Why Should Plymouth be Designated as a Just Peace Church?
Plymouth has a long tradition of action and speaking out for justice going back over 100 years. During the abolitionist movement, Plymouth served as a station on the Underground Railroad. Plymouth was also involved in the women’s suffrage movement, the civil rights movement, the Open and Affirming movement, and marriage equality. Becoming a Just Peace Church will provide Plymouth a public identity as a justice-doing, peace-seeking church.
A Just Peace congregation seeks justice and peace in every sphere of life including Just Peace with the Earth—so that life is sustained. By being wise stewards of the earth and working for ecological justice, we can protect water, air, plants and animals so that they are preserved for future generations. Plymouth members are actively involved with environmental issues on many fronts.
Organized under Plymouth’s Creation Care and Justice Coalition, a group of teams including The Green Team, Climate Change Advocates and Sustainable Food work on various environmental issues. The Coalition exists to mutually inform, coordinate and support each of the ministries of Plymouth’s various groups and members who are devoted to some aspect of care for and sustainability of creation. The Coalition thus seeks to increase Plymouth’s faithful impact on environmental health and justice. These activities reach all ages of Plymouth members, including the youth. Plymouth partners with Global Greens Farm, Coyote Run Farm, Wabi Sabi Farm, Drake Agricultural Law Center, Citizens Climate Lobby, Interfaith Green Coalition, and Interfaith Power and Light.
Economic Justice Task Force – This task force focuses on problems of income inequality, living wage, worker justice and wage theft. It collaborates with local and national advocacy organizations including Iowa Citizens for Community Improvement and Interfaith Worker Justice.
Plymouth Women’s Career Closet – Located in downtown Des Moines at the Wellmark YMCA, need-based women can shop for free career clothes and be treated to an excellent shopping atmosphere. Church members, friends, and networking groups donate clothing and accessories such as shoes, purses, scarves and jewelry for the shop inventory where each customer can select up to three or four complete outfits. Volunteers staff the shop, sort the donations received at the church, and make deliveries of sorted items to the Y. The shop is open every Monday and Thursday afternoon and the first two Saturday mornings of each month.
Board of Benevolences – The Plymouth Board of Benevolences is responsible for much of the charitable giving made by Plymouth Church. In addition to supporting the wider mission of UCC, the board works to support our own community through special offering grants at holidays, monthly shelter meals, food pantry donations, collecting for Heifer International, Family Promise, Kids in the Kitchen, and the work of the Homeless Assistance Team.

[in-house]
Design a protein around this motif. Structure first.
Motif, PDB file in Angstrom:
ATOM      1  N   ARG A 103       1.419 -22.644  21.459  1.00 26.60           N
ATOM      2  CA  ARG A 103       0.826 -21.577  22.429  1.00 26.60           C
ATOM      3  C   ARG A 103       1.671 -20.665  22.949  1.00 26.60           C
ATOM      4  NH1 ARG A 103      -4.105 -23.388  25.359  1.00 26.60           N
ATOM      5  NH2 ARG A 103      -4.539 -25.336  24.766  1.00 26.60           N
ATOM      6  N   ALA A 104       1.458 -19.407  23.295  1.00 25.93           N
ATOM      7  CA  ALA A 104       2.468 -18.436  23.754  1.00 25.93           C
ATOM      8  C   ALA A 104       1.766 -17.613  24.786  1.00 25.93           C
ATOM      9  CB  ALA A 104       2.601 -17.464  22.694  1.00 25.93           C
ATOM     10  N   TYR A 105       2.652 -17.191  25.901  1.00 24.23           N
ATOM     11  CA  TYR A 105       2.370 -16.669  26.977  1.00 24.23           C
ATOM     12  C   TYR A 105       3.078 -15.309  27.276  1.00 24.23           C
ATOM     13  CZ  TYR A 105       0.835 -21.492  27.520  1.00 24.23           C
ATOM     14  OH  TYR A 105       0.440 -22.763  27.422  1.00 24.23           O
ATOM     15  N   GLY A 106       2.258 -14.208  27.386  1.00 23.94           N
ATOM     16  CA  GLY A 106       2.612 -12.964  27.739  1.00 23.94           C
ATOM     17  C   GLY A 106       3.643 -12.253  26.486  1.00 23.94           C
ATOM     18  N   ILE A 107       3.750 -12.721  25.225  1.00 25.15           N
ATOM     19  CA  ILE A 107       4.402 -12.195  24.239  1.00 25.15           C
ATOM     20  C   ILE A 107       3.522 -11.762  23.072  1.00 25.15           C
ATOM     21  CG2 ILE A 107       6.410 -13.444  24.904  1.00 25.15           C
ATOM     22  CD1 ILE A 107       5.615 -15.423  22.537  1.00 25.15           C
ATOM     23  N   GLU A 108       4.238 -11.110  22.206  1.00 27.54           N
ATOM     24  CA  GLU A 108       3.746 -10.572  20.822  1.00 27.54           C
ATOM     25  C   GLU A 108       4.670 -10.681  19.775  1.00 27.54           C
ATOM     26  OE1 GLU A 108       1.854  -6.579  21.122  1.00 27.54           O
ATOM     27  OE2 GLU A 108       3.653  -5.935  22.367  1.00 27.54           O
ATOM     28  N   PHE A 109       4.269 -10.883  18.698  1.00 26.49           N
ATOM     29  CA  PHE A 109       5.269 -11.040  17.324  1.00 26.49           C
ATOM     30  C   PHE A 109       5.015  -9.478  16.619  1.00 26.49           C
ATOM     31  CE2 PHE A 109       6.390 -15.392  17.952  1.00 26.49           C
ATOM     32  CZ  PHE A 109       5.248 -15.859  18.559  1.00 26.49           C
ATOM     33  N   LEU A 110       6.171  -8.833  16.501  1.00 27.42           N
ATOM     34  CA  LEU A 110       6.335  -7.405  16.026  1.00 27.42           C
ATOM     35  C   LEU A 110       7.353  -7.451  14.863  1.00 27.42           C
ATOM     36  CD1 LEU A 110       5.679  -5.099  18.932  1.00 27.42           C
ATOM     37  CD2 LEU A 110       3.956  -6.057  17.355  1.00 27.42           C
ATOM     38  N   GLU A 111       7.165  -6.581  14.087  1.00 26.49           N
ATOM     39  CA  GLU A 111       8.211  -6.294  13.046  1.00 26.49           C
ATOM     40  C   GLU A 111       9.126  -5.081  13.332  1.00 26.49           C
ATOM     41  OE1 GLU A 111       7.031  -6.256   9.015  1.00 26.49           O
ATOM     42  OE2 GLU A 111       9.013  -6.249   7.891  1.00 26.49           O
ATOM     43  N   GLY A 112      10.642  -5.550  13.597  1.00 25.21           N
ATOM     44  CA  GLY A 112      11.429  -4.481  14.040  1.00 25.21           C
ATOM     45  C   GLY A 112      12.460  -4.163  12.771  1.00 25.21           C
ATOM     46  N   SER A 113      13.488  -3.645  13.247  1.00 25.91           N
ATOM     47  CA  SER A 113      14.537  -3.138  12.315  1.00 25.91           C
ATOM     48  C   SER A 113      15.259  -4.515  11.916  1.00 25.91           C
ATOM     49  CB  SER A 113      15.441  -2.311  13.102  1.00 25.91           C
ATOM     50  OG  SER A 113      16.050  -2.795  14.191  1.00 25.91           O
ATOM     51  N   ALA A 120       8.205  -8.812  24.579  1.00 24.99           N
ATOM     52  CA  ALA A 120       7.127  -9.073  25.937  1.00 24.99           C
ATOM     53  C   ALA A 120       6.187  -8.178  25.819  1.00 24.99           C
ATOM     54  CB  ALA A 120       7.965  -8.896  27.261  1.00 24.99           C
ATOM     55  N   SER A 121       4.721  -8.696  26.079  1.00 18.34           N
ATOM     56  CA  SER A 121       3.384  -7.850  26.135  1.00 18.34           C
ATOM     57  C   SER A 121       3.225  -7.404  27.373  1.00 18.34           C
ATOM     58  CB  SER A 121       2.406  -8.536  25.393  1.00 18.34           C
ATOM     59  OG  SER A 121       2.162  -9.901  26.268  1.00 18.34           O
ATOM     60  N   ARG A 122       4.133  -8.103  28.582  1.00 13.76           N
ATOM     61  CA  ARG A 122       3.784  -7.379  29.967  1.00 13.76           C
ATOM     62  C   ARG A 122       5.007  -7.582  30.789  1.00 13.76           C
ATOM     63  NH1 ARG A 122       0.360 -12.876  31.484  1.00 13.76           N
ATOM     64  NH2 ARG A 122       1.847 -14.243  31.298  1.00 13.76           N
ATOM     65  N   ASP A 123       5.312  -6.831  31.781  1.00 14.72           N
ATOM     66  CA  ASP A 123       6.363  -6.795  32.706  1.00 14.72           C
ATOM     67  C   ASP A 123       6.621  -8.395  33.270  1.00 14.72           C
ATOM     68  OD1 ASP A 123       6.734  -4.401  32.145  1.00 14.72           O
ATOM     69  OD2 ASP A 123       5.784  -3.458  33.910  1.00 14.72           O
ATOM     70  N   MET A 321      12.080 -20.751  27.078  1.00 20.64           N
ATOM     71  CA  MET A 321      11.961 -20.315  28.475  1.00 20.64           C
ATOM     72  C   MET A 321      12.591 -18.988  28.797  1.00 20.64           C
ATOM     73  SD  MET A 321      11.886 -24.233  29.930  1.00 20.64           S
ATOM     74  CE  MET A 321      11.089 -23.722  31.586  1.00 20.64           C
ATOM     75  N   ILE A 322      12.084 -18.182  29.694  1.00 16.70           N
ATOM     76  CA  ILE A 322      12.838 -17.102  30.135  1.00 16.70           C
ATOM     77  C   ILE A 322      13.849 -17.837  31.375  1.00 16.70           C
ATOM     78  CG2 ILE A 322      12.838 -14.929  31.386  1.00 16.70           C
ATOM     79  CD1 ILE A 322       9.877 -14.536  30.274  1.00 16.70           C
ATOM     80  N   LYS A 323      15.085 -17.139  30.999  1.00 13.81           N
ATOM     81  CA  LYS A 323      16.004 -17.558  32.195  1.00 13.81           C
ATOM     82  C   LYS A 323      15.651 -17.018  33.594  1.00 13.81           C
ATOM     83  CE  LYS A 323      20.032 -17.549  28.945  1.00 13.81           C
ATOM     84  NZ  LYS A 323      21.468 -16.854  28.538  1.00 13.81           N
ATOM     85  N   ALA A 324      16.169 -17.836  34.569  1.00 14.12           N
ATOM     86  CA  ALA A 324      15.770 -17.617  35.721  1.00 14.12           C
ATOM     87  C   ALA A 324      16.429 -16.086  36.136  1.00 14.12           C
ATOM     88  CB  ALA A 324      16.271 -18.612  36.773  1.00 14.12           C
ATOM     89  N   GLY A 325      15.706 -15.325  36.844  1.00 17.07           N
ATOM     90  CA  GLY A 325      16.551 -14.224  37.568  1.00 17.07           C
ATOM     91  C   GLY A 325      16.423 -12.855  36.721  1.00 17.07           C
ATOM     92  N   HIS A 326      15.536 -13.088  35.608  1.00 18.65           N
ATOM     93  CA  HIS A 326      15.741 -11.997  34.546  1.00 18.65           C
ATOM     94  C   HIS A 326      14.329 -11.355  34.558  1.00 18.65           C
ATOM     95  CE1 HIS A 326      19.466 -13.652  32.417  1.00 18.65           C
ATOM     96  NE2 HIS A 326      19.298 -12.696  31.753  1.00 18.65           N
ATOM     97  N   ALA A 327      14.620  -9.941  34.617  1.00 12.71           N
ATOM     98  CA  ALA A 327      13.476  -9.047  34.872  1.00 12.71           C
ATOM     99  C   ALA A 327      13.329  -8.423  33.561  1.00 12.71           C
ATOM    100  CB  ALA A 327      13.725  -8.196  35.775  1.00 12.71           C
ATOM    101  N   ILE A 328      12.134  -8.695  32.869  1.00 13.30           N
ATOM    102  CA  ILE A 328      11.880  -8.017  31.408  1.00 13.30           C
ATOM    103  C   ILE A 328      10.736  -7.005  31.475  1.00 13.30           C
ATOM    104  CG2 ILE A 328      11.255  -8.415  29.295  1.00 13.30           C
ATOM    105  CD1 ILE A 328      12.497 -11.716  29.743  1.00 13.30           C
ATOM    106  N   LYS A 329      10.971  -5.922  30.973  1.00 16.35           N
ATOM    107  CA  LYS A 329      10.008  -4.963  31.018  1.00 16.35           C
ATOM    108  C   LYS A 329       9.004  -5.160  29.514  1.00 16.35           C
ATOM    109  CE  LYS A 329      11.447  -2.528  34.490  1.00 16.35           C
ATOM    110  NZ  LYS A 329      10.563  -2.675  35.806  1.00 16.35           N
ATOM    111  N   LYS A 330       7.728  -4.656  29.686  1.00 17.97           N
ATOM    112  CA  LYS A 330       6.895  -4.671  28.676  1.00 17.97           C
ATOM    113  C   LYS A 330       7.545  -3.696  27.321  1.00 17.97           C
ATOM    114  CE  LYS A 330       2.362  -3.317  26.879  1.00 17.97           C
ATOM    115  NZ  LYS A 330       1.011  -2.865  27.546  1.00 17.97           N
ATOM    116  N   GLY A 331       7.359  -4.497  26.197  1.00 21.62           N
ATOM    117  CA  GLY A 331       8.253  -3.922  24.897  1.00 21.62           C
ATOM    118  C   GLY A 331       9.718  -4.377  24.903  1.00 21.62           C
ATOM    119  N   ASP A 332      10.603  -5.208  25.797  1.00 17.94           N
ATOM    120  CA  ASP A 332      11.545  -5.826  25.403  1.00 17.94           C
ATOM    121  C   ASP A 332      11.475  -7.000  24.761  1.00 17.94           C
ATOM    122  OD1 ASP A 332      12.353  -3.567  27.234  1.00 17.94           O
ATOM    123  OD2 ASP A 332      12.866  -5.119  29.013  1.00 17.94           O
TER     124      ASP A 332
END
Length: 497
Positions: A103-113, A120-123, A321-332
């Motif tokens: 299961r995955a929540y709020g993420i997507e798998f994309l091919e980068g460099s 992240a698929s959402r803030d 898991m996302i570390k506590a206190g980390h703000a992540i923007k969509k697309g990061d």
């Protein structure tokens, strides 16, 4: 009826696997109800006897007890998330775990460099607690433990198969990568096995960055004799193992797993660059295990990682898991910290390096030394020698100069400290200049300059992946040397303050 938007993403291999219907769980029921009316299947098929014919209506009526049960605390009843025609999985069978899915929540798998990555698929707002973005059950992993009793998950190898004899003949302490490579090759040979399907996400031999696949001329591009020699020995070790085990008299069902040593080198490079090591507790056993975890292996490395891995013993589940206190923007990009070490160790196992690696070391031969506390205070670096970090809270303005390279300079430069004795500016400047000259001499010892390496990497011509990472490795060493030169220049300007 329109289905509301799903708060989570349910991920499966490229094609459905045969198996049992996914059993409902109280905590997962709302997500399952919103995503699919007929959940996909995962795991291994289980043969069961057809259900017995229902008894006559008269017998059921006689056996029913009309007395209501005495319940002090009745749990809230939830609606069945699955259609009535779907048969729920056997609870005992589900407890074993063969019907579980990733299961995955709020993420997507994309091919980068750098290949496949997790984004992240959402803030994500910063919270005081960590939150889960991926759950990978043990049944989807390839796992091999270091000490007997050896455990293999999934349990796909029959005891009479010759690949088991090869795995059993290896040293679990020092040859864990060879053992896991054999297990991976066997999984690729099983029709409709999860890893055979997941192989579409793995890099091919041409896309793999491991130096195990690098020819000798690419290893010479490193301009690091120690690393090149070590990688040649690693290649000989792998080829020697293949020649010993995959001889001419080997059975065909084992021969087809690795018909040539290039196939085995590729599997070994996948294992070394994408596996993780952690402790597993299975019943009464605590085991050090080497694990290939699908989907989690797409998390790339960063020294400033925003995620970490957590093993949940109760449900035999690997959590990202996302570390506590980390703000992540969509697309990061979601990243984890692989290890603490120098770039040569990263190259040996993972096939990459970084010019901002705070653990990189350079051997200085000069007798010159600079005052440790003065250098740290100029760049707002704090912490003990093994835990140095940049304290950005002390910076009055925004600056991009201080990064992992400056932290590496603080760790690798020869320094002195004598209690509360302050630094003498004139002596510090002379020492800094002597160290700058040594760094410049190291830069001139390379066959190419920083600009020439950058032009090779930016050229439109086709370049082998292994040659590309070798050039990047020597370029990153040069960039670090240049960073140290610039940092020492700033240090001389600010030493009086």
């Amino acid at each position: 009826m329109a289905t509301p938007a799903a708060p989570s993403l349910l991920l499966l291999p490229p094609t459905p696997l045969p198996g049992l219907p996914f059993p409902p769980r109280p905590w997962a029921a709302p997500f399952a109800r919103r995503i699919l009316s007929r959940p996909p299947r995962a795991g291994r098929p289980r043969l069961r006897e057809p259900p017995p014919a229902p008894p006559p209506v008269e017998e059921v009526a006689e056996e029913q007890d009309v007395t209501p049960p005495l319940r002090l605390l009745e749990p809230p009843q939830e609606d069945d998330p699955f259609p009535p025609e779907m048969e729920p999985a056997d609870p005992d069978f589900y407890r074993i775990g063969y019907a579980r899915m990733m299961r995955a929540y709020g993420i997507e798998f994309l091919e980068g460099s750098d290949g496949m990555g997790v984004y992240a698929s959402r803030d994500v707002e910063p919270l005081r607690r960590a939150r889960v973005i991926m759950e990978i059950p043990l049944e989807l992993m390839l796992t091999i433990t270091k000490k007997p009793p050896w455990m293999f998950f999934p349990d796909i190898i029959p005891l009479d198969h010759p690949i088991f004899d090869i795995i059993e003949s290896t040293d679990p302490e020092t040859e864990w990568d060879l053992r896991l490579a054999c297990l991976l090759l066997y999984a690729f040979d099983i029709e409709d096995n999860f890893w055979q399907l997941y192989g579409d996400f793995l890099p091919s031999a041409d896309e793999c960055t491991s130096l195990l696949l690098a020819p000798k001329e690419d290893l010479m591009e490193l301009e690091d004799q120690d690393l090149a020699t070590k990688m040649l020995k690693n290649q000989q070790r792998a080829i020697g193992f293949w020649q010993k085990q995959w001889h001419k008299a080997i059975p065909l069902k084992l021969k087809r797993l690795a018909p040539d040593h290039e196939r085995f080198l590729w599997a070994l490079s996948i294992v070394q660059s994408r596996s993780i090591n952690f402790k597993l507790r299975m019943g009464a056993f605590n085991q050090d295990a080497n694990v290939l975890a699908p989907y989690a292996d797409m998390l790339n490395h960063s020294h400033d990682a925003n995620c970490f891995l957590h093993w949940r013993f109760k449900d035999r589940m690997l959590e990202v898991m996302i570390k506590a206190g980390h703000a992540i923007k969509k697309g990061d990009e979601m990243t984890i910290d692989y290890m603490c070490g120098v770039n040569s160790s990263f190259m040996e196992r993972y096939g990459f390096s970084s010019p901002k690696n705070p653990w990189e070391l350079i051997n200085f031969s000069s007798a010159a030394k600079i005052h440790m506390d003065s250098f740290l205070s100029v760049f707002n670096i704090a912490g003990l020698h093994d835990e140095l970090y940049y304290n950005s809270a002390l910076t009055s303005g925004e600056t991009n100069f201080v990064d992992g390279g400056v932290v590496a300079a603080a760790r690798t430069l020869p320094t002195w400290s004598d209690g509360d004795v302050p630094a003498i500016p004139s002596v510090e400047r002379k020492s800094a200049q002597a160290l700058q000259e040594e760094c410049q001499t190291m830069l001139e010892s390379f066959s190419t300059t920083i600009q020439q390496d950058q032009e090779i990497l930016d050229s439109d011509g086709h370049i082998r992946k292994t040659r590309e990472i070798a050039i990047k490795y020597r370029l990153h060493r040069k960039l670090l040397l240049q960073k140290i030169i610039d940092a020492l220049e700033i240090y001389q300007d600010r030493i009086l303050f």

Board of Christian Social Action – BCSA will grow in love of God and neighbor by exploring the relationship between our Christian faith and contemporary social issues, stimulating dialogues, and initiating and inviting action in response to Christ’s teachings of compassion for others within Plymouth Church and beyond. Each board member is involved with being a liaison with another group or committee and/or starting an initiative. Current committees/groups under the board are: RENEW, Transition from Prison, Mental Health/Disability, Human Trafficking, Green Team, Cuba Friendship Committee, Family Promise, Coffee Shop, Income Inequality, Peace Committee, as well as affiliations with AMOS, Interfaith Alliance, and DMARC.
Race Education Committee – Working to provide educational opportunities that will help Plymouth members understand the historical impact of racial discrimination and how it continues to affect our society today. The committee sponsored with the Board of Spiritual Growth the Sacred Conversations for Lent, “Telling our Spiritual Stories through the Lens of Race.”
Plymouth Young Adults – Plymouth Young Adults reserve the second week of every month for service. They have attended human trafficking events, the movie “I’m Not Racist…Am I?” and food preparation and delivery for people experiencing homelessness, among others. Some members also participate in the Des Moines chapter of Showing Up for Racial Justice (SURJ) which is a national network of groups and individuals organizing white people for racial justice through community organizing, mobilizing and education. SURJ moves white people to act as part of a multi-racial majority for justice with passion and accountability.
The Plymouth Peace Committee has been advocating for peace and justice at the local, national and international level for more than 25 years. Its activities have included teaching tolerance, fighting bullying in our schools, supporting refugees and immigrants, advocating for gun safety and educating the Plymouth community about military spending. The Committee sponsors the children’s book cart which includes peace and justice books for Plymouth’s youngest readers. The Committee partners with the Des Moines Faith Committee for Peace, Catholic Peace Ministries, American Friends Service Committee, Methodist Federation for Social Action and other groups to host community peace-related events. The Committee, with the support of the Board of Christian Social Action, formed the steering committee to consider if Plymouth should be a Just Peace church.